Last year’s Black Ops: Cold War campaign was a refreshing development for Call of Duty fans and ushered in a promising beginning for the series on current-gen consoles. Not only did it fuse an interesting historical time period with some truly inspired mission designs, but it also included several levels that went far beyond the linear gameplay found in most COD levels. This year’s Call of Duty: Vanguard doesn’t have any Cold War-esque experimental stages, but it continues the series’ trend of creating interesting and unique campaigns.
Having multiple protagonists in a Call of Duty game is nothing new, and the series used to have a penchant for letting players into a new person’s perspective just to watch them die. However, Sledgehammer uses this opportunity to flesh out why each member has the skills to join a special task force and why this mission is personal for them. This also manifests in special abilities that aren’t unlike the perks associated with its competitive multiplayer mode. For example, one character uses his natural leadership to command the rest of his squad to help with battles, while another is able to focus so intently that time slows down. It gives each mission an extra mechanic to play around with, which livens up the constant gunplay beyond the addition of tactical blind fire, and makes sense within the narrative.
But there is a standout among the cast. Ever since players donned a ghillie suit in Call of Duty 4‘s “All Ghillied Up,” great sniping missions have been synonymous with the franchise so it’s not a surprise that the levels starring Russian sniper Polina Petrova (played wonderfully by Laura Bailey) are a highlight. However, it goes far beyond sneaking around as it introduces some advanced movement as Petrova is able to jump and climb objects as if she’s Lara Croft. This allows for some thrilling set pieces and some even better open areas that serve as great settings for combat encounters.
Vanguard isn’t afraid to give players the space to play within, which makes it stand out when compared to its predecessors. As Petrova, players can crawl through vents and climb to higher ground and the staggering amount of freedom players have during enemy encounters is empowering. Other characters are put in similar situations and it is a solid evolution over the more corridor-focused gameplay of past titles where exploration was only for meaningless collectible hunting and not a tactical necessity.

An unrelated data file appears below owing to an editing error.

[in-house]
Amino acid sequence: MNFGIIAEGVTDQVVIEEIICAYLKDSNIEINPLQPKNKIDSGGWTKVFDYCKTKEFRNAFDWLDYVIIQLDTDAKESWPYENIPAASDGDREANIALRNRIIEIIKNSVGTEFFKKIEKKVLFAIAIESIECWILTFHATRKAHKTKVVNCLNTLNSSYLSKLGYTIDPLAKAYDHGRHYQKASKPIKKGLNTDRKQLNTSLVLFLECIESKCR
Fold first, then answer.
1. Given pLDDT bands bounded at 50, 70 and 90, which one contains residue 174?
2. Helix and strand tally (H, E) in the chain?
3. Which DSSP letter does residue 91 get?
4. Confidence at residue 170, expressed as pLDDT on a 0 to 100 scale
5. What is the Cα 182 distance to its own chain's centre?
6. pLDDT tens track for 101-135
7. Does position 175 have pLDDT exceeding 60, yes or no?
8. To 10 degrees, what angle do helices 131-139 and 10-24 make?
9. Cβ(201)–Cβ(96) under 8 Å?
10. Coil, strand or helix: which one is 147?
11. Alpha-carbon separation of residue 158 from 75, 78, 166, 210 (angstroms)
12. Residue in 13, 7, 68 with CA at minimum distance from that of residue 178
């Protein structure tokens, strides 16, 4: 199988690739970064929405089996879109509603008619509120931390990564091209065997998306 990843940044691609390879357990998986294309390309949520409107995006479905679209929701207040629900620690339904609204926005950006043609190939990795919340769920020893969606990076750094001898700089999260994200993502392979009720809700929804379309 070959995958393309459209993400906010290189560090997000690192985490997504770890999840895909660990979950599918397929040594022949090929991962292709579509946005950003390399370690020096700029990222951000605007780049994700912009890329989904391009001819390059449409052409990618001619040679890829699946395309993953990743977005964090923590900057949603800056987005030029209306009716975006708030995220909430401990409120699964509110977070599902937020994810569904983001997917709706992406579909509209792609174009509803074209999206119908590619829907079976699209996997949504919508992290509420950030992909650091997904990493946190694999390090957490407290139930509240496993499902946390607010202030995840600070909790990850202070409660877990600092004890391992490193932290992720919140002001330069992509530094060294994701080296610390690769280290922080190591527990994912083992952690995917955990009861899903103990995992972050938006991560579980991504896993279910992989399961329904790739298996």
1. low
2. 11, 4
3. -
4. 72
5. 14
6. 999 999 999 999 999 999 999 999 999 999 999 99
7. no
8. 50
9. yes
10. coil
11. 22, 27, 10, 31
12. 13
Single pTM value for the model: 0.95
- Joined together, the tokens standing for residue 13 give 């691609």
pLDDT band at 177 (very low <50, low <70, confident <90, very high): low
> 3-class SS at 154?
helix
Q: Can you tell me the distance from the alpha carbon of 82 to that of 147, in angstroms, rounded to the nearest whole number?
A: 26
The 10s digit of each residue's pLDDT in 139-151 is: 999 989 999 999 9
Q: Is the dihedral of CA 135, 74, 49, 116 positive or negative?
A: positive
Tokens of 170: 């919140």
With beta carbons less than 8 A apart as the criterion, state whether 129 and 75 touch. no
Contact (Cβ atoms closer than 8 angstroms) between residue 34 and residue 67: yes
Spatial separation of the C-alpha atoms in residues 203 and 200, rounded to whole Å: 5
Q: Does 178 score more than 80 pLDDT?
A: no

The best moment in the campaign comes at the climactic end of Petrova’s final mission. Depending on your perspective, you’re either being hunted or doing the hunting — a fascinating flip on the standard Call of Duty fare. Not unlike the horror characters that Activision will throw into Call of Duty: Warzone at random intervals, Petrova is stalking her prey from the shadows in a room filled with mannequins and players are on edge at every instance of movement. It’s a spectacular showdown and one that builds excellent tension throughout. Not every character’s campaign missions hit the same highs, but they all have moments that stand out, making even the most standard of missions rather enjoyable.
Naturally, the campaign builds to a final level that has the whole gang working together and the player getting to use each of their own unique skills to make the mission a success. This works as a great culmination for the story, but it also highlights that the game could’ve been even more varied throughout had this been implemented throughout. Ultimately, the prior solo missions were the right call as they gave each character the necessary time to make players actually care about them. While it would’ve been interesting to see an additional mission or two with the gang at full force, it makes the final moments all the more memorable seeing everyone shine together for one last hurrah.
The solid implementation of the PlayStation’s DualSense controller is one constant through each part of the campaign that lifts up the whole game. Just like in Cold War, the triggers will resist and kick, meaning that simply firing off guns feels great. The levels go a step further by using the rumble to truly immerse players in the world, from appropriately rumbling from every bump on the train tracks to sharply shaking with every kick of a machine gun. While it’s not fully taken advantage of by other developers, the DualSense remains one of the best reasons to play games in Sony’s ecosystem and Vanguard is another prime example why.
Call of Duty: Vanguard‘s campaign isn’t going to redefine how war stories are told, nor does it reach the highest points of the series’ past triumphs. However, it manages to tell a personal story with a cast of likable characters and stays at a steady, even quality throughout. While excellent DualSense support does its job of subtly immersing the player, it serves a grander experience that brings the player into its world with its likable cast and intimate stories. Its gameplay is similarly engrossing as it uses the typical smooth Call of Duty gunplay and adds a wealth of varied protagonists with their own fresh and unique skills. World War II may be an old war, but Sledgehammer has shown that there are still some ways to keep it feeling somewhat new.
As ComingSoon’s review policy explains, a score of 8 equates to “Great.” While there are a few minor issues, this score means that the game succeeds at its goal and leaves a memorable impact.